I had lunch here. Happy Camp is a rustic little logging town with lots of character. As an added bonus, I got to meet Bigfoot in person. Really quite a nice guy when you get to know him.
Back on the the road headed NW on 96 from Happy Camp, the colors in the leaves were really starting to show themselves. The entire ride on 96 flowed from turn to turn, with great pavement and plenty of visibility. I became one with the road (not literally). I would love to do it again in the spring, and from the opposite direction, just for a change.
You can see the end of Hwy 96 in the background. I have just turned south onto Hwy 263 to link up with Hwy 3 at Yreka.
Hwy 3 south of Yreka. Now the colors are quite distracting. I have to force myself to keep my eyes on the road.
Into the Scott Mountains
On Hwy 3 toward Lewiston there were a number of hairpin turns over the mountain. I did not see a single other vehicle the entire time I was riding this pass. I rode a little more carefully than usual, because I didn't think I would have been found for a while if I ran into problems.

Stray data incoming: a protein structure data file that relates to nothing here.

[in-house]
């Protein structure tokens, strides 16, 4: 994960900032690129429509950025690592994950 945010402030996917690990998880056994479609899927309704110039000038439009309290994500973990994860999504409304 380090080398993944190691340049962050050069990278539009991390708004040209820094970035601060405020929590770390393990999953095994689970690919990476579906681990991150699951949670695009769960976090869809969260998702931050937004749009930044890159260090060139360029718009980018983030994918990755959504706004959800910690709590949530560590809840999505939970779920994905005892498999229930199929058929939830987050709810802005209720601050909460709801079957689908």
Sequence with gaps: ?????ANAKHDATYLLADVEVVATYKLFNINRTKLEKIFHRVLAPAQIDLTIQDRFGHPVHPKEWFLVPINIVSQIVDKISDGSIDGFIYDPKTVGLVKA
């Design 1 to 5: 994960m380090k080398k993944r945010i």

The smell of pine was thick in the air here. It was just me, the trees, and the road.
Crossing the Trinity River on my way into Lewiston. I took Rush Creek Road from Hwy 3 north of Lewiston to get here. Notice that this is a one-lane bridge.
Lewiston was a cool little place. Since this was not their normal season for tourists, I think I was their only tenant for the night. That night at the local bar they had some kind of town get-together with karaoke. I don't drink, but really enjoyed listening to the music and mingling with the local characters.
The bed sure felt good after a long dayís ride.
Day 3 - A Feast of Fall Foliage
The next morning I back-tracked on Rush Creek Road and continued south on Hwy 3 into Weaverville. I have stayed in Weaverville on a couple of previous trips and really enjoyed the accomodations there. This time I was just passing through, and didn't stop for too many pictures.